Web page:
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December 09, 2020

340B Advocates Face an Important Decision at a Critical Juncture

Ted Slafsky
Founder & Principal of Wexford Solutions, Publisher, 340B Report

“To be or not to be?” is probably the most famous question posed in English literature. For 340B stakeholders, the most pressing question for the coming year is “to amend or not amend 340B?” Since the Affordable Care Act (ACA) was enacted a decade ago, most 340B provider advocates have preached caution, as 340B providers scored significant victories in the ACA. These wins included expanding the 340B program to include rural hospitals, increasing pricing transparency and providing additional oversight over drug manufacturers. Ever since, 340B advocates have been largely playing defense – reacting, rather than setting the agenda.

Since 2010, most of the 340B legislation introduced in Congress, as well as most of the 340B initiatives from the Obama and Trump administrations, would have curtailed program growth or imposed more requirements on providers. There were few 340B provider-friendly bills, and most of those were in reaction to drug manufacturer-supported bills.

Providers worry that if the 340B law is opened up, drug industry lobbyists with deep pockets and vast influence will swoop in and add harmful provisions to the law. There is some precedent.   While the overall effect of the ACA was positive for 340B providers, the ACA did include a last-minute, secret deal between the Obama administration and the drug industry that prevents rural and free-standing cancer hospitals from accessing 340B pricing on orphan drugs.

The Power of the 340B Provider Community

Nonetheless, the only provider-friendly 340B bill to garner widespread support in the past decade was a 2017 bipartisan bill sponsored by Reps. McKinley (R-W.Va.) and Thompson (D-Calif.) to block the Trump administration’s nearly 30 percent Medicare Part B reimbursement cut to 340B hospitals. Unfortunately, this legislative initiative, which gained 200 co-sponsors, was abandoned in favor of an all-out focus on challenging the Part B cuts in the courts. On Oct. 19, the full U.S. Court of Appeals for the District of Columbia declined a request to re-hear a 2-1 decision that upheld the cuts, thus likely killing the judicial avenue. Rather than an either-or approach, I would argue that a two-pronged strategy would have been far more effective.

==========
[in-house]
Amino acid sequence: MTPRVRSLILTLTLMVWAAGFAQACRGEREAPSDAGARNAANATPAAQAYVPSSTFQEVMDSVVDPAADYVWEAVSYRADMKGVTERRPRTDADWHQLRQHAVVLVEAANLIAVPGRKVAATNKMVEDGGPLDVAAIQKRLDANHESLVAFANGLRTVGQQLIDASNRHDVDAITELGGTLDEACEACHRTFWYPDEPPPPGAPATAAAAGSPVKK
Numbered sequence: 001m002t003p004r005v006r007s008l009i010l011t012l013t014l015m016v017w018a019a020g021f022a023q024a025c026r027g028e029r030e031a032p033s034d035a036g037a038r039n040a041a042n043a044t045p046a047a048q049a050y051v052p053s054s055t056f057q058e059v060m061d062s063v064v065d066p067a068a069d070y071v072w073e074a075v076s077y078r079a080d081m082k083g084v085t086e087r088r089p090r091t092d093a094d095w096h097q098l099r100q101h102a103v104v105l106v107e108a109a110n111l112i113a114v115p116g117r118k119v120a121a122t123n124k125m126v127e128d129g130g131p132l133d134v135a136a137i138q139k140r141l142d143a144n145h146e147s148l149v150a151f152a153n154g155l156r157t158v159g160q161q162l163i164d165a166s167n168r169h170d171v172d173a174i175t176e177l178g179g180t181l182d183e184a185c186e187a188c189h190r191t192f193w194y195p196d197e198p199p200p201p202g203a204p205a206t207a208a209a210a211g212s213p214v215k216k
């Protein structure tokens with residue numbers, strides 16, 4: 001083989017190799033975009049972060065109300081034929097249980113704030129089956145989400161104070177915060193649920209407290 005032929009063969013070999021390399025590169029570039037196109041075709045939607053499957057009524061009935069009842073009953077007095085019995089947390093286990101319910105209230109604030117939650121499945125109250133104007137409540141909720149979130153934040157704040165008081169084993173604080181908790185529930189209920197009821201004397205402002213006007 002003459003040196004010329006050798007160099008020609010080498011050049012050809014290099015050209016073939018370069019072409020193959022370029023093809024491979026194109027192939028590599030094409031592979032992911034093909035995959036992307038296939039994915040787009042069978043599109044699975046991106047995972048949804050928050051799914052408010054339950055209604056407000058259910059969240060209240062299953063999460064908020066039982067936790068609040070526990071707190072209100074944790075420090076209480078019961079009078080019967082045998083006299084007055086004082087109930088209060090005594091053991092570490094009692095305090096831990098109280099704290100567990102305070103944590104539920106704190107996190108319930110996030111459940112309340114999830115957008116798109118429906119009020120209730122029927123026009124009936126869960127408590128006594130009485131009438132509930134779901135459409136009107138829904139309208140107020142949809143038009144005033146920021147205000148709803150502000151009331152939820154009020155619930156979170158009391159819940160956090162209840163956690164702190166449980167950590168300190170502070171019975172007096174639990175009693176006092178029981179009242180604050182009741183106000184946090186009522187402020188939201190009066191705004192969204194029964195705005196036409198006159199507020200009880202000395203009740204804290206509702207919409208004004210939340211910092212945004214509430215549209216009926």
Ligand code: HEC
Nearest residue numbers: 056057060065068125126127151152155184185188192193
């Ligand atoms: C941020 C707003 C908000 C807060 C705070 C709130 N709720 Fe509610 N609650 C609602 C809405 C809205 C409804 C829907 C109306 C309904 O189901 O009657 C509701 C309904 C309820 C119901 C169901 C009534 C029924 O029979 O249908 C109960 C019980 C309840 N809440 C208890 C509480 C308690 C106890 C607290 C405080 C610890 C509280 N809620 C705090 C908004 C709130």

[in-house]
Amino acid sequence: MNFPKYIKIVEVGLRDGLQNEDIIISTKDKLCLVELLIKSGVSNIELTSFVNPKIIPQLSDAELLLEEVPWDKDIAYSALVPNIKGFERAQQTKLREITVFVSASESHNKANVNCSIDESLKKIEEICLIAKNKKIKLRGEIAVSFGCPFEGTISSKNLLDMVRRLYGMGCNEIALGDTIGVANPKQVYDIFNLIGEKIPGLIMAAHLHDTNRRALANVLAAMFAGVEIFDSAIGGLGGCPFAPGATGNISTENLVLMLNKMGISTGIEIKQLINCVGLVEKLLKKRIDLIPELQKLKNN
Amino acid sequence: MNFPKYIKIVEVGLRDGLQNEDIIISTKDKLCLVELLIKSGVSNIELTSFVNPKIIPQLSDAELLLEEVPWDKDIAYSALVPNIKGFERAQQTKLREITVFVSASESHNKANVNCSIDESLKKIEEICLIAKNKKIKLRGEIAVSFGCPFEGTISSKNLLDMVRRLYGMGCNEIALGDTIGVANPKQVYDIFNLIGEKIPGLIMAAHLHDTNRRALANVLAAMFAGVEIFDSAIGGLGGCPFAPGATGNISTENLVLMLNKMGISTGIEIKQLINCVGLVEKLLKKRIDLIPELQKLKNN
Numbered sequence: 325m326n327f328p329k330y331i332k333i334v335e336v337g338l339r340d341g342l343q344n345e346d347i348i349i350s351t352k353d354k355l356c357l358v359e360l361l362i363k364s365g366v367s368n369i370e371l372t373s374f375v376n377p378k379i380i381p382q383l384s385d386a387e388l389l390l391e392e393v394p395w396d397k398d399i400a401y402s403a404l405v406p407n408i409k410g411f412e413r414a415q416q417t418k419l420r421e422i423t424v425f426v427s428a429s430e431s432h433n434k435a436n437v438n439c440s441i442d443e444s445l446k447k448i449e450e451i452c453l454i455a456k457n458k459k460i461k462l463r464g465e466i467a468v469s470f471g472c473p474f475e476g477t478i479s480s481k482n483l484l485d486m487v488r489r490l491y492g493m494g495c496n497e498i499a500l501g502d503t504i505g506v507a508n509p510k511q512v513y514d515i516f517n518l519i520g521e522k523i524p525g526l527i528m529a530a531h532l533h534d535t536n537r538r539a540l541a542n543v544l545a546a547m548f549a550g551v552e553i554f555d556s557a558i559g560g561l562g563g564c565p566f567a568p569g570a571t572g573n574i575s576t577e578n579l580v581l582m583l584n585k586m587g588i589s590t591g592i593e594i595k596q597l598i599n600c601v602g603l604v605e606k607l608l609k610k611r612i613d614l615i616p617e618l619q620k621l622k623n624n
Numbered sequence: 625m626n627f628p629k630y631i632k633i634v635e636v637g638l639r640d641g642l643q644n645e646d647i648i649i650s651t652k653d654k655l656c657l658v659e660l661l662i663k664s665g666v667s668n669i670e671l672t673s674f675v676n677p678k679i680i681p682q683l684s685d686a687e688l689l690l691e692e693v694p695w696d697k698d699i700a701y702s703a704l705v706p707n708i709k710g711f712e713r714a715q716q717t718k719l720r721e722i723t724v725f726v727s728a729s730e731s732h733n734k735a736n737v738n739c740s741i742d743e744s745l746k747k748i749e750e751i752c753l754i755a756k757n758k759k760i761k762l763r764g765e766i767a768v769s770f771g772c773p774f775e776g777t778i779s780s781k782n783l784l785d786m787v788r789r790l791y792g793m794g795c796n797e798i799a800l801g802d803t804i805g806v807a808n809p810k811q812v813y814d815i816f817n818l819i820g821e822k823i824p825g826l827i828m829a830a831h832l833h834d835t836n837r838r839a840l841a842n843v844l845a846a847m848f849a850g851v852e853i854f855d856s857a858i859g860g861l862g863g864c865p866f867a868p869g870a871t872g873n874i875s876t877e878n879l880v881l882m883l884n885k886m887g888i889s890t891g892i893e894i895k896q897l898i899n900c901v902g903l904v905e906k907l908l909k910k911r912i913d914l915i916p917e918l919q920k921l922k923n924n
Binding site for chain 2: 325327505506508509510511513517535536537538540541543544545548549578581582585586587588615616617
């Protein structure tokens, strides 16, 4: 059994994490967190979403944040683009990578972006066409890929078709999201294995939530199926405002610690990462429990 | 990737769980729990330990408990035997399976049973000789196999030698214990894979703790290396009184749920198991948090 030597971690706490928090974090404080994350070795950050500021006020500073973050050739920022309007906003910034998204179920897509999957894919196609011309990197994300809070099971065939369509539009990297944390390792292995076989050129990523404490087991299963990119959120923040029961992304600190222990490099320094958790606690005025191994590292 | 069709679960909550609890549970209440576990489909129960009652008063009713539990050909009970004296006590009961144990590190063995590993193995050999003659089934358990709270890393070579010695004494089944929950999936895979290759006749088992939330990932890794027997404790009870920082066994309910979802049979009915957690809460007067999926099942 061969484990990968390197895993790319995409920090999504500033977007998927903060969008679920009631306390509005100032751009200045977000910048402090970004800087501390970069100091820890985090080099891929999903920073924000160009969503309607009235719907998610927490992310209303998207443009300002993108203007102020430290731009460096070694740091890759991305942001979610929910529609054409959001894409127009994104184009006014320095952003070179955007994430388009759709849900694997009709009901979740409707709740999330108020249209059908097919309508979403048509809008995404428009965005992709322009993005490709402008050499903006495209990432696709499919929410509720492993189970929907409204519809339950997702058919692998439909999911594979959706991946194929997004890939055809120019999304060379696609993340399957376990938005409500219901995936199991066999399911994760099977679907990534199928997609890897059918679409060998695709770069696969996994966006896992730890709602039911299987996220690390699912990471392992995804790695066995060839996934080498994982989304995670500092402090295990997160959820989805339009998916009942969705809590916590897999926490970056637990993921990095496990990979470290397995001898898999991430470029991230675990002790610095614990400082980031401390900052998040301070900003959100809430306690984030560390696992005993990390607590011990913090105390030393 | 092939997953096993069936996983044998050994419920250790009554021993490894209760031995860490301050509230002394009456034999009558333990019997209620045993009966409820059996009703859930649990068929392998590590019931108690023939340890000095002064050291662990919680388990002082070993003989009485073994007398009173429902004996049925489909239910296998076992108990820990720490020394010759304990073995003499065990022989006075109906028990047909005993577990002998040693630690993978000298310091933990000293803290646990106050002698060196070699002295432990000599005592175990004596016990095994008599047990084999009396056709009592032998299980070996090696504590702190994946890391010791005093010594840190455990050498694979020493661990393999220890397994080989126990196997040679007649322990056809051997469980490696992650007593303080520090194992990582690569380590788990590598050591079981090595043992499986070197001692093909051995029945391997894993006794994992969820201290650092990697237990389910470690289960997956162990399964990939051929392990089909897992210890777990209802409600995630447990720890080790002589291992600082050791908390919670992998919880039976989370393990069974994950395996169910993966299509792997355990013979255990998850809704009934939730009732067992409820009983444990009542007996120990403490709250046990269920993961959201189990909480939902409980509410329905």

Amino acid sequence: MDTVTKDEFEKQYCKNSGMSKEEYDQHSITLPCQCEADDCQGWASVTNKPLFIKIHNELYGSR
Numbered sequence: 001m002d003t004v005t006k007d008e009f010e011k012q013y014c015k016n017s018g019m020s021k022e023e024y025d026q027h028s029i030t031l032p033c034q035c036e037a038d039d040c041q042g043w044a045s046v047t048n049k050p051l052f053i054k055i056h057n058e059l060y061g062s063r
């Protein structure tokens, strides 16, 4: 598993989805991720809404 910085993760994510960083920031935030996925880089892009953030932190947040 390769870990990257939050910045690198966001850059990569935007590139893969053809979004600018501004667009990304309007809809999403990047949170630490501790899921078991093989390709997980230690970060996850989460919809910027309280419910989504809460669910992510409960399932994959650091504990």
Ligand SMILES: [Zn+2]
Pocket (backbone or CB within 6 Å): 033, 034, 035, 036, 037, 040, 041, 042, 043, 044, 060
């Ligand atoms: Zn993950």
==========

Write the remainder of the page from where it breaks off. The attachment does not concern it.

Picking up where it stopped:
Recent actions by certain drug manufacturers to cut off 340B pricing at contract pharmacies have renewed debate in the 340B provider community about whether it is time to open up the 340B law. The National Association of Community Health Centers has publicly stated that it believes the 340B law should be amended to remove any ambiguity about the contract pharmacy program’s legality and also address what it describes as “pick pocketing” by pharmaceutical benefit managers (PBMs) and other payors. Discriminatory reimbursement and the orphan drug restriction are clearly areas that need to be addressed by Congress. However, hospital groups have opposed opening up the statute, believing that it is too risky and that their members would be susceptible to significant new restrictions and requirements.